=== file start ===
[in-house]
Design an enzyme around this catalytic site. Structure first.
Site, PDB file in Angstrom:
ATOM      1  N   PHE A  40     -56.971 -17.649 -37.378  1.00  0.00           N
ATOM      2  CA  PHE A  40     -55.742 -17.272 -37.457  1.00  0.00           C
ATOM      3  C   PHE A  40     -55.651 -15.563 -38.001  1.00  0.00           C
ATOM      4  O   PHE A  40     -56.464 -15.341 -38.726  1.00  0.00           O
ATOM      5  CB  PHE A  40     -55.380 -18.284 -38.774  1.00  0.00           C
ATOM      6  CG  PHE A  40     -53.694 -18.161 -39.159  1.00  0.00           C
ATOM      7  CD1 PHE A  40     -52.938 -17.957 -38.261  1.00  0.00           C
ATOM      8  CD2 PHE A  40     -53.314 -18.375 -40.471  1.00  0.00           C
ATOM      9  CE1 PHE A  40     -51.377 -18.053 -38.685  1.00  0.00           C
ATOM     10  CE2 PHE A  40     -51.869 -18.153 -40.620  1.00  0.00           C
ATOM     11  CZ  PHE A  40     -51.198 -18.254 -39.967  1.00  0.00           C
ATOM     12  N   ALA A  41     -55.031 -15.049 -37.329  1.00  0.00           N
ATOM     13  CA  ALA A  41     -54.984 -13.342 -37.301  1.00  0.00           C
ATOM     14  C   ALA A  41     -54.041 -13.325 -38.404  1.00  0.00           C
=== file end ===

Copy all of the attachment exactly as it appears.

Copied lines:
[in-house]
Design an enzyme around this catalytic site. Structure first.
Site, PDB file in Angstrom:
ATOM      1  N   PHE A  40     -56.971 -17.649 -37.378  1.00  0.00           N
ATOM      2  CA  PHE A  40     -55.742 -17.272 -37.457  1.00  0.00           C
ATOM      3  C   PHE A  40     -55.651 -15.563 -38.001  1.00  0.00           C
ATOM      4  O   PHE A  40     -56.464 -15.341 -38.726  1.00  0.00           O
ATOM      5  CB  PHE A  40     -55.380 -18.284 -38.774  1.00  0.00           C
ATOM      6  CG  PHE A  40     -53.694 -18.161 -39.159  1.00  0.00           C
ATOM      7  CD1 PHE A  40     -52.938 -17.957 -38.261  1.00  0.00           C
ATOM      8  CD2 PHE A  40     -53.314 -18.375 -40.471  1.00  0.00           C
ATOM      9  CE1 PHE A  40     -51.377 -18.053 -38.685  1.00  0.00           C
ATOM     10  CE2 PHE A  40     -51.869 -18.153 -40.620  1.00  0.00           C
ATOM     11  CZ  PHE A  40     -51.198 -18.254 -39.967  1.00  0.00           C
ATOM     12  N   ALA A  41     -55.031 -15.049 -37.329  1.00  0.00           N
ATOM     13  CA  ALA A  41     -54.984 -13.342 -37.301  1.00  0.00           C
ATOM     14  C   ALA A  41     -54.041 -13.325 -38.404  1.00  0.00           C